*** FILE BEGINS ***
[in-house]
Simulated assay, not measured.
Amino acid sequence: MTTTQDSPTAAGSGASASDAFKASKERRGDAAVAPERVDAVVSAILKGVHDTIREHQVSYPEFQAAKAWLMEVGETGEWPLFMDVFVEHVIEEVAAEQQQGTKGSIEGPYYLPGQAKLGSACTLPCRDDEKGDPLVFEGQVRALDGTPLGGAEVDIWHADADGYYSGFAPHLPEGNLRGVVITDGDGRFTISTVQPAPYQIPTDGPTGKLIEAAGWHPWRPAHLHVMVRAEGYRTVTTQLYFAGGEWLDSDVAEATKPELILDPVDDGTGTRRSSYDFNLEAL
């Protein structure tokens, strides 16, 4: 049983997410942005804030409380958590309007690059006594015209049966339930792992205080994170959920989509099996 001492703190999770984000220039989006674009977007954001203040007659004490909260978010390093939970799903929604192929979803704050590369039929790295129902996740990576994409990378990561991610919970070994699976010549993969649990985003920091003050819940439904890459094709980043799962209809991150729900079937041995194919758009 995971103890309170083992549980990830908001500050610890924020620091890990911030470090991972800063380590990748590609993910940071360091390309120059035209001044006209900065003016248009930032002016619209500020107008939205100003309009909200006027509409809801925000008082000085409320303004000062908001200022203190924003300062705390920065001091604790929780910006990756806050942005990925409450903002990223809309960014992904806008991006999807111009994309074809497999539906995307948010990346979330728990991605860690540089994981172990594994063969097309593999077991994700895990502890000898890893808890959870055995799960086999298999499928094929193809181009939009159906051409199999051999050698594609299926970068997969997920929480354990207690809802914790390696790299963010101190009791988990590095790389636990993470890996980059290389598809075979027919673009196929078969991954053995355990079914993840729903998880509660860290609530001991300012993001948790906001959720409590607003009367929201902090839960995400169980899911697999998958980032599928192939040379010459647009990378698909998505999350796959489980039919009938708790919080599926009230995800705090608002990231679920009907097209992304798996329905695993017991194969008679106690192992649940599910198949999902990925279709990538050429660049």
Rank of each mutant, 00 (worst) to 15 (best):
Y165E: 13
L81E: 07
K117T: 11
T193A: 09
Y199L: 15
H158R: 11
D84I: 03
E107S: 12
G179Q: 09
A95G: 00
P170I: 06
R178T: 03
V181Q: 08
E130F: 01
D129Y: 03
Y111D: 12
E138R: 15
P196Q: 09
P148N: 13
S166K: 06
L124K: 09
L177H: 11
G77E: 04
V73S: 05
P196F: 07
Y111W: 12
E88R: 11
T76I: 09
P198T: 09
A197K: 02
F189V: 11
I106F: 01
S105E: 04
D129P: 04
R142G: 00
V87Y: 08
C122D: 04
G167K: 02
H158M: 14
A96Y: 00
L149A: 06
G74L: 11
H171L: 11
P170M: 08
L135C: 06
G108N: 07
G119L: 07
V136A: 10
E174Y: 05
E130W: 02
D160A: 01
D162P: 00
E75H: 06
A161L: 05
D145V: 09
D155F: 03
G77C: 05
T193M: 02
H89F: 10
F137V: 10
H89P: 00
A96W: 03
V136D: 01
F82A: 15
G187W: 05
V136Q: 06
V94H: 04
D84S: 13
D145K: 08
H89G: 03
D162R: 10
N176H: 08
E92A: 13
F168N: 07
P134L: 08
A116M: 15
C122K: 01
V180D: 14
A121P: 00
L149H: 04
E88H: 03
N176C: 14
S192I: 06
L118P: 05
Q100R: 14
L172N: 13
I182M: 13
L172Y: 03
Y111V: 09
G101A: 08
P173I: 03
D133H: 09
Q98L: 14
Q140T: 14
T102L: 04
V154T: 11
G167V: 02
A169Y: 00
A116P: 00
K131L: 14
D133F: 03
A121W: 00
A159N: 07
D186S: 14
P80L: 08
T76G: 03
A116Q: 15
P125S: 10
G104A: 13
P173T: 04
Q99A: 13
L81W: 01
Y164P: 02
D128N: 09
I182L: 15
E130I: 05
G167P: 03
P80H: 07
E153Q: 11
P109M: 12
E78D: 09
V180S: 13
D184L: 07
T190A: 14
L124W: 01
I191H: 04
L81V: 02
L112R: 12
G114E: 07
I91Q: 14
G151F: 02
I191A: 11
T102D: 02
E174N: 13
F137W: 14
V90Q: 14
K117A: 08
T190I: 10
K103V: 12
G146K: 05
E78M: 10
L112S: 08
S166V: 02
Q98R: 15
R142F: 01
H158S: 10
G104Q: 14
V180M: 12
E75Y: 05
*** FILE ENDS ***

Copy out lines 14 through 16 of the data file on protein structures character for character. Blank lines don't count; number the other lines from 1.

G179Q: 09
A95G: 00
P170I: 06